SSD vs. SSI
The Social Security Administration has established two programs to help disabled individuals, Social Security Disability (SSD) and Supplemental Security Income (SSI). While the average person probably has little idea that there is a distinction, these programs are actually quite different from each other and are designed for different types of claimants. The process of application and approval for both can be difficult, and it may be in your best interests to work with a Long Beach SSI attorney who can help you.
A Long Beach SSI Attorney on Determining Disability
“Disabled,” as it applies to applicants of these programs, is defined in a special way. The SSA has put together a large book referred to variously as the Blue Book and Listings of Impairments. Unfortunately, as your Long Beach SSI lawyer will tell you, this book is not comprehensive, and so, if your impairment is not listed, you will need to show how it meets or equals an impairment that is listed. For instance, if you suffer from a chronic headache that is not in the listings, you might refer to the entry for cluster or migraine headaches.
If your impairment does not equal or meet one in the listings, then you will need to show that your residual functional capacity (RFC) has diminished substantially. The SSA uses the Medical/Vocational Grids to this end. If this sounds complicated, it is, but, essentially, your RFC is your remaining ability to engage in meaningful work for SSD or in basic activities for SSI.
A Long Beach SSI Attorney Distinguishes between SSD and SSI
Supplemental Security Income is a needs-based program, and a person’s eligibility hinges largely upon the claimant either having no income or very little. In addition, a claimant cannot have more than $2,000 worth of assets or $3,000 for a couple. The SSI program is paid for through the federal government’s general fund. It is worth noting that if you are found eligible for SSI you may very well qualify for Medicaid as well.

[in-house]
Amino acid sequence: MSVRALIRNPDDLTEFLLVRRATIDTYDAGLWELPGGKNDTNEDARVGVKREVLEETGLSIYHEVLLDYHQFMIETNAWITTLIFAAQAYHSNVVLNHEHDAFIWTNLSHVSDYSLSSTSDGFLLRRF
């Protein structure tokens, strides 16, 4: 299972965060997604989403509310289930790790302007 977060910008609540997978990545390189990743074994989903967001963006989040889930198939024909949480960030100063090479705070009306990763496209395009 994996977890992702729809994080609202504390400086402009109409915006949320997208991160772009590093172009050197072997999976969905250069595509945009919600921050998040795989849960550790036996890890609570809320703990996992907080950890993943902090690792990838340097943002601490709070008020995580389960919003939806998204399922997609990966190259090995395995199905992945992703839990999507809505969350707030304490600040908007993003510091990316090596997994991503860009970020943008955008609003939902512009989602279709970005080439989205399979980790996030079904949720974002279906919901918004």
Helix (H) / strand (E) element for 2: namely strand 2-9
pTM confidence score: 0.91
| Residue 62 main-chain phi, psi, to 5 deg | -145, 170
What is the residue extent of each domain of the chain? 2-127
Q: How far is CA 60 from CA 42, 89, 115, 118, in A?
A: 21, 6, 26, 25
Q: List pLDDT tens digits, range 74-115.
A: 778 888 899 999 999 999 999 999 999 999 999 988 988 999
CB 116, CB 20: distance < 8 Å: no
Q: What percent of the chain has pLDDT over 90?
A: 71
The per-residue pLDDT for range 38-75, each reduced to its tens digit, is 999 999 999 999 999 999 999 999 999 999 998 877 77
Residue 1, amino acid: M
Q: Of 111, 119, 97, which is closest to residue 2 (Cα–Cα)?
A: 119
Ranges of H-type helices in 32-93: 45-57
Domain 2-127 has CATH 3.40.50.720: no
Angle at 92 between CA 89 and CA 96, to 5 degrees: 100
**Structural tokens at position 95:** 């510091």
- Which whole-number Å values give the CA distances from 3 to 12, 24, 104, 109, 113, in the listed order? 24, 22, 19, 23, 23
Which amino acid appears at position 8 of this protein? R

Social Security Disability, on the other hand, is based on a claimant being too disabled to work any job for at least 12 months. Applicants must have worked a minimum number of quarters during which they paid into the program to qualify. The program, then, is paid for by these contributions, which is why SSD is often referred to as a type of insurance.
The appeals process is the same for both, and a Long Beach SSI attorney will tell you that many claimants are initially denied. The problem is that the SSA does not review applications on first submission. Instead, an agent with a contracting agency will provide what is often a cursory review of the claim. It is generally only on the second appeal that the SSA finally handles the claim directly when the claimant is called before an administrative law judge for a hearing.
Work with a Long Beach SSI Lawyer If You Have Questions
If your application for either program has been denied or you have questions, contact a Long Beach SSI attorney who has the knowledge and background to provide you with quality representation. Call the Social Security Law Center today at 1-866-772-5299.